SOOT IN THE FLUES

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Well here it is a wet rainy damp soggy day in the fifth month of
the year and I’m trying to write the July-August column – and
by July and August we’ll probably be so hot and dry we’ll
be wishing for a day like this but right now I’d just as soon
see the sun. Isn’t it funny that’s how it is with the
magazines and the deadlines – we work so far ahead in the future we
can’t seem to enjoy the present dates as we should. Oh well, so
be it! Every job has its little oddities that must exist to make
the final production worth while.

I know we are all looking forward to the ending of school terms
and enjoying the hot summer days with our families – swimming,
traveling, sports and of course to attend the Steam and Gas
Reunions. You know when the 1st of the year appears it always seems
-‘Well, here we are just beginning a new year – twelve whole
months ahead of us and it seems like a pretty good amount of
time’ – but before you seem to get much done – and you check
the calendar and there it is -like now – the fifth month – nearly
half of that long year is almost here. I declare, they make time
shorter now in this jet age! The years didn’t seem to go nearly
as fast when I was a youngster.

I have a short letter from Clyde M. Rees of 608 W. Locust St.,
Bloomfield, Iowa, 52537 and in it he says, ‘In the March-April,
1967 issue of IMA, page 13 you have a picture of an engine that the
information says is a Huber or Case, which I don’t think is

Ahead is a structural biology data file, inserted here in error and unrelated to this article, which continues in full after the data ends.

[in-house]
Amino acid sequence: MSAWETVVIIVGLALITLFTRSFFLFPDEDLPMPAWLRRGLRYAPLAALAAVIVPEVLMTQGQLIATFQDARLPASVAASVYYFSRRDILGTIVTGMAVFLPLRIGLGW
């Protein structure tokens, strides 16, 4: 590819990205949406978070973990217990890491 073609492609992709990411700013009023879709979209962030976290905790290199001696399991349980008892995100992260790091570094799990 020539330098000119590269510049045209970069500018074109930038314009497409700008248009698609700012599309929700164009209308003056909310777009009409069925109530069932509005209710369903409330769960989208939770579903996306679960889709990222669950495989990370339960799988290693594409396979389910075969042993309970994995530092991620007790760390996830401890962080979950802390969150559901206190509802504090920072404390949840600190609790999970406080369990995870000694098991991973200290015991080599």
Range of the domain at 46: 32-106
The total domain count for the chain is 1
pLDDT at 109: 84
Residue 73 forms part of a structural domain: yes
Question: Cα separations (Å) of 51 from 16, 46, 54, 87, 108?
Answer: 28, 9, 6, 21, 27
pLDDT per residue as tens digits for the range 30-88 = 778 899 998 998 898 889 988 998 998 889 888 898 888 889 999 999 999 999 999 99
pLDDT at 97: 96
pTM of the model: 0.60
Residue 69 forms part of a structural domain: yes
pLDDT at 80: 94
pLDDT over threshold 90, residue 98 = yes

correct. I think it is a Geiser as it is the same as the model on
the cover of magazine. I saw this model at the 1966 Mt. Pleasant
Show and it sure was a beauty.’ Any one care to comment on
Clyde’s statement. I looked at the two pictures and they do
look similar, but then if you’re not an expert on steam (like
me) many of them look similar although they are of different
makes.

Another letter from John A. Mc-Kenzie, Peck, Michigan 48466 and
he states, ‘In the May-June issue of IMA, there’s a picture
sent in by Leonard James, Napoleon, Michigan and asking (‘Has
anyone ever seen a three cylinder locomotive?’) Yes! I saw a
three cylinder locomotive in the summer of 1923, same as in the
picture owned by and being used as a switch engine in the yard of
Morgan and Wright Manufacturers of United States Tires (now U.S.
Rubber) on East Jefferson Ave. in Detroit.’

Want to wish the best of luck to the touring group of the Elwood
Historical Club of Elwood, Indiana who will be leaving the latter
part of June for a trip to Scotland and England, where they will
get to view the steam reunions over there known as Traction Engine
Rallies. We’ll hear from them latter on their excursion.

In this issue you’ll notice S. Arthur Roxy of 279 Prospect
Ave., East Aurora, N.Y. has pictures in of his steam popcorn
machine – and it is a beauty! It’s a rare one and some of you
people will get to see it at different fairs and reunions as Mr.